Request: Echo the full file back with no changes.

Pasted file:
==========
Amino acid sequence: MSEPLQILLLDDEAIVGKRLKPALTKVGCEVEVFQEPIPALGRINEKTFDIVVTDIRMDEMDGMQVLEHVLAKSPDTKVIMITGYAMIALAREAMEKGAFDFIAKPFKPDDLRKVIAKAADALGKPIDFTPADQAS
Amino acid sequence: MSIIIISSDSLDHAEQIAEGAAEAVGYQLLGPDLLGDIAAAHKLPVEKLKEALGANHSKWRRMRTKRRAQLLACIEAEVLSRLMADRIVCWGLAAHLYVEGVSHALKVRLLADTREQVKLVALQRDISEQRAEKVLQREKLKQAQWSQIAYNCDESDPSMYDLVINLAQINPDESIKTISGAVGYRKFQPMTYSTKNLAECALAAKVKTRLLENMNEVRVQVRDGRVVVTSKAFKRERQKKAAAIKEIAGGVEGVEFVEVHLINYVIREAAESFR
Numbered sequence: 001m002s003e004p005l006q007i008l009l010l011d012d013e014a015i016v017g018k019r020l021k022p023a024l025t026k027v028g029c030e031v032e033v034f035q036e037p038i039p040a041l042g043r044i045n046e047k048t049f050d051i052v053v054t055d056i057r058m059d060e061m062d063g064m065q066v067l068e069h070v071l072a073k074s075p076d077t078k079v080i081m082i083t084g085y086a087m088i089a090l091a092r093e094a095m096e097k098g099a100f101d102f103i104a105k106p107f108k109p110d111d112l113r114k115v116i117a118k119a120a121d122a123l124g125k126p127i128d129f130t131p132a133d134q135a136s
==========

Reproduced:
Amino acid sequence: MSEPLQILLLDDEAIVGKRLKPALTKVGCEVEVFQEPIPALGRINEKTFDIVVTDIRMDEMDGMQVLEHVLAKSPDTKVIMITGYAMIALAREAMEKGAFDFIAKPFKPDDLRKVIAKAADALGKPIDFTPADQAS
Amino acid sequence: MSIIIISSDSLDHAEQIAEGAAEAVGYQLLGPDLLGDIAAAHKLPVEKLKEALGANHSKWRRMRTKRRAQLLACIEAEVLSRLMADRIVCWGLAAHLYVEGVSHALKVRLLADTREQVKLVALQRDISEQRAEKVLQREKLKQAQWSQIAYNCDESDPSMYDLVINLAQINPDESIKTISGAVGYRKFQPMTYSTKNLAECALAAKVKTRLLENMNEVRVQVRDGRVVVTSKAFKRERQKKAAAIKEIAGGVEGVEFVEVHLINYVIREAAESFR
Numbered sequence: 001m002s003e004p005l006q007i008l009l010l011d012d013e014a015i016v017g018k019r020l021k022p023a024l025t026k027v028g029c030e031v032e033v034f035q036e037p038i039p040a041l042g043r044i045n046e047k048t049f050d051i052v053v054t055d056i057r058m059d060e061m062d063g064m065q066v067l068e069h070v071l072a073k074s075p076d077t078k079v080i081m082i083t084g085y086a087m088i089a090l091a092r093e094a095m096e097k098g099a100f101d102f103i104a105k106p107f108k109p110d111d112l113r114k115v116i117a118k119a120a121d122a123l124g125k126p127i128d129f130t131p132a133d134q135a136s